What is Vestibular Neuritis?

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  • Written By: Mary McMahon
  • Edited By: Kristen Osborne
  • Last Modified Date: 11 September 2019
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Vestibular neuritis is an inflammatory disease that disrupts the vestibular system, the part of the body that regulates balance and helps the body orient itself in space. This condition occurs when the vestibular nerve becomes inflamed and the signals that normally pass along it are disrupted. The vestibular system is confused and as a result, the patient develops vertigo, which can be described as a spinning sensation that can cause nausea and difficulty walking. Sometimes the onset of vertigo is very rapid.

Cases of vestibular neuritis are usually caused by an infection in the ear. The infection leads to an inflammatory response that spreads to the vestibular nerve, causing irritation and swelling. The symptoms of vertigo develop and can be accompanied with nausea and vomiting. Patients can also develop nystagmus, a twitch of the eye. In people with vestibular neuritis, the twitch is usually in the direction of the affected ear.

Also known as vestibular neuronitis, this condition is closely linked to labyrinthitis, another inflammatory condition that involves the ear. When a patient seeks treatment for things like vertigo, hearing loss, or pain around the ears, diagnostic tests can be performed to learn more about what is going on inside the patient's body. These tests include magnetic resonance imaging to visualize the inside of the ear, audiograms to check for auditory symptoms, and bloodwork to look for signs of infection such as an elevated white blood cell count.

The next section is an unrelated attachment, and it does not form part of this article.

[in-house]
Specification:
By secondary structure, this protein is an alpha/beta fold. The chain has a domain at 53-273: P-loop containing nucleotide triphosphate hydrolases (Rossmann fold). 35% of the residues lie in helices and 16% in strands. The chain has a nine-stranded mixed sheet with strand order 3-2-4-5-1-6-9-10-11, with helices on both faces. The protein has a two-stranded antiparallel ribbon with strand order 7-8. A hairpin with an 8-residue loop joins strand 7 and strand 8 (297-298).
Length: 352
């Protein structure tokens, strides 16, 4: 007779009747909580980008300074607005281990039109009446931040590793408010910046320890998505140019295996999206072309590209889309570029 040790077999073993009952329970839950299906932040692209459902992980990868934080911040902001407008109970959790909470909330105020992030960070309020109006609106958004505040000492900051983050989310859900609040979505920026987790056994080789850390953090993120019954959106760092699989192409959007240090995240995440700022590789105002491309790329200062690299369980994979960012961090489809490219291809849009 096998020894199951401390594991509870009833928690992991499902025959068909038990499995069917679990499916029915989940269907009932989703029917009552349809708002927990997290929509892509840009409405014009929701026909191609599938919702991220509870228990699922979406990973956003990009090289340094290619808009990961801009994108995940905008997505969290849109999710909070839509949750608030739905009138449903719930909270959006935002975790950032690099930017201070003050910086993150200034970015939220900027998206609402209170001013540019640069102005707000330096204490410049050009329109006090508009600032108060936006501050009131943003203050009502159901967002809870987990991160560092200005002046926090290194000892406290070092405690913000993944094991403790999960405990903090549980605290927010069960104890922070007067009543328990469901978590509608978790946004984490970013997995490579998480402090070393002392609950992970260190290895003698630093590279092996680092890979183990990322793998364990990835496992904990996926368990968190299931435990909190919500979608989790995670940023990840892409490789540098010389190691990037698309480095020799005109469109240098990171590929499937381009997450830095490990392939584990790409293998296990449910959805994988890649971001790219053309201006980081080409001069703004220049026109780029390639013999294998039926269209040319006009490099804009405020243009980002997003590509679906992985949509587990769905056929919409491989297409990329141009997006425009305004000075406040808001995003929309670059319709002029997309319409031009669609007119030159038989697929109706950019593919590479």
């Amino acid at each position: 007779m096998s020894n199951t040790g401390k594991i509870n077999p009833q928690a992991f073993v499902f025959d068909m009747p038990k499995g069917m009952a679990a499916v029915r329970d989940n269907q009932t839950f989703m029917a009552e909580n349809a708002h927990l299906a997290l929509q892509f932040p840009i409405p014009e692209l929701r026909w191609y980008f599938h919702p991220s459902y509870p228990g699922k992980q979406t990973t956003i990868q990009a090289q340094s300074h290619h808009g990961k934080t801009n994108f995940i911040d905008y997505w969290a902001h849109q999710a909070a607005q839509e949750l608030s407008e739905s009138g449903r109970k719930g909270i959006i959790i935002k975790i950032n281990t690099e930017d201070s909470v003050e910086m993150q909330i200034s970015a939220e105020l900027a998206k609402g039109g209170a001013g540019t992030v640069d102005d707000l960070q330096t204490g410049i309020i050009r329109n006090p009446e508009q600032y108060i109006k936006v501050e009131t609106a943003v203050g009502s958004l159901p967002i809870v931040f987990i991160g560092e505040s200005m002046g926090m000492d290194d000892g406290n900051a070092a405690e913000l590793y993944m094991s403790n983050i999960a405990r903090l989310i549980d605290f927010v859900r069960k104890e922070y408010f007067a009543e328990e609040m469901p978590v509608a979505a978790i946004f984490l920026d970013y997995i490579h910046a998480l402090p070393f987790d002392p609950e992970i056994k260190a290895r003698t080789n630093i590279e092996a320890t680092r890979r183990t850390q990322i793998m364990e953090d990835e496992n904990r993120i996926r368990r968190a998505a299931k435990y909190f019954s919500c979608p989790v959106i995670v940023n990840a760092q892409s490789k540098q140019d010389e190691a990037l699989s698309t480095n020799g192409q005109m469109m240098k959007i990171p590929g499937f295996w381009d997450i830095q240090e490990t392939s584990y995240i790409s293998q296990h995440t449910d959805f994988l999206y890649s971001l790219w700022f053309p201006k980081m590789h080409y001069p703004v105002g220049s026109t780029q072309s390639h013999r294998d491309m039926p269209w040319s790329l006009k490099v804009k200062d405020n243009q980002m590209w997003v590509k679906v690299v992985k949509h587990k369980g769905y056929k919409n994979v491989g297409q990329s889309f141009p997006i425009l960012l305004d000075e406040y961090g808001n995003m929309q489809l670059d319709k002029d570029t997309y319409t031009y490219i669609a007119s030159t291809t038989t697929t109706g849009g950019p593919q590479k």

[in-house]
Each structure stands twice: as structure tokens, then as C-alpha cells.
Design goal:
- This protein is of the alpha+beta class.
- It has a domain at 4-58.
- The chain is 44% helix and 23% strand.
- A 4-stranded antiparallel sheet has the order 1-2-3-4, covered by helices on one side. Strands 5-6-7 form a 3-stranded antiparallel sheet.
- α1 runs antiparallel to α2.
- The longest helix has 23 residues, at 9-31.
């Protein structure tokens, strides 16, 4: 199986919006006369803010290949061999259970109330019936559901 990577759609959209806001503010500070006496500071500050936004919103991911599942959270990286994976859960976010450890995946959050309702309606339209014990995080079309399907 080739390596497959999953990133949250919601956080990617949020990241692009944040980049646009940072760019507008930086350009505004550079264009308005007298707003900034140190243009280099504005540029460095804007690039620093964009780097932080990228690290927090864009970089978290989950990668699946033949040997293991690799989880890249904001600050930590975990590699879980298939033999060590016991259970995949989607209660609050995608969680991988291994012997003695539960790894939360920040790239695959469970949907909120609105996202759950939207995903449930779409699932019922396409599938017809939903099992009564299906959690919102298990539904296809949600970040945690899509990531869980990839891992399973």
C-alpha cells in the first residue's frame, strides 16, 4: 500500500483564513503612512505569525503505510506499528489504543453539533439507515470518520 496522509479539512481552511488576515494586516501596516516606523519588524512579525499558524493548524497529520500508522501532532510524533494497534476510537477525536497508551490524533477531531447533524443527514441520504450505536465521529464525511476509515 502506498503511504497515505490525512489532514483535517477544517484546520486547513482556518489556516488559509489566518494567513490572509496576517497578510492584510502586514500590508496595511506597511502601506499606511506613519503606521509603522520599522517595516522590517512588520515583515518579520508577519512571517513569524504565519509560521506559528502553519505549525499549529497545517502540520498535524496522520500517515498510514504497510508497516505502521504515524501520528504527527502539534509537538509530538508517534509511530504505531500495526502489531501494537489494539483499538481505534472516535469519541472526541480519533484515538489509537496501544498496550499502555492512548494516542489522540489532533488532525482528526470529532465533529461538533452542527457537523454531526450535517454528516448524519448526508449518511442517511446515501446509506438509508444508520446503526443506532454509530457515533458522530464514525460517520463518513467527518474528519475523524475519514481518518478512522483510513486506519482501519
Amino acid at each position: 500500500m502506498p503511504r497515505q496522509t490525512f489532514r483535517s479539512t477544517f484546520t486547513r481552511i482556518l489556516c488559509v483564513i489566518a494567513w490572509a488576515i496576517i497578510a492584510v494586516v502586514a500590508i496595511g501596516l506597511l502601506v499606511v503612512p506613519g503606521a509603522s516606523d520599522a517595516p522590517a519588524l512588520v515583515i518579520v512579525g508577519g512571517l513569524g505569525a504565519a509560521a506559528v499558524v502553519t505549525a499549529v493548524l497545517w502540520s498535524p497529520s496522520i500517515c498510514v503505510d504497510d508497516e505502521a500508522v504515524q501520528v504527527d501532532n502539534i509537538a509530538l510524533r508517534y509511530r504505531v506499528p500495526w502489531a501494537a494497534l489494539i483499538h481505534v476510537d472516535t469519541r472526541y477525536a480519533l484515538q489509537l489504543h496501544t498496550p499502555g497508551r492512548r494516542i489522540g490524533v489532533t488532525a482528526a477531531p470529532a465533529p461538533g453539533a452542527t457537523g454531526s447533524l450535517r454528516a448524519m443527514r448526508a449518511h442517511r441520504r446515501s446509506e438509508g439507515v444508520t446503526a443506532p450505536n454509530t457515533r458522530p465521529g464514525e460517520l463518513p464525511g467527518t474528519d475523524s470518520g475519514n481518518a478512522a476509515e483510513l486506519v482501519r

Treatment of vestibular neuritis is multi-pronged. The inflammation that is causing the vestibular neuritis must be addressed with anti-inflammatory drugs and medications to kill the microorganisms behind the inflammation. In addition, the vertigo must be treated. Drugs designed to reduce nausea can be prescribed and if the patient is losing fluids as a result of frequent vomiting, fluids may be prescribed as well. The patient can also be sent to a rehabilitation specialist who can help the patient manage the vertigo.

When a patient experiences this ear disorder, the vertigo may be brief or it may last for a week or more. It is important to receive treatment to prevent long term damage to the ear, which may interfere with the person's sense of balance. In addition, inflammations in the ear can spread, causing hearing impairment. Patients who experience recurrent inflammations and infections in the ear may want to consult an ear, nose, and throat specialist to find out why these conditions keep reappearing and to explore treatment approaches for preventing them or managing them more effectively.


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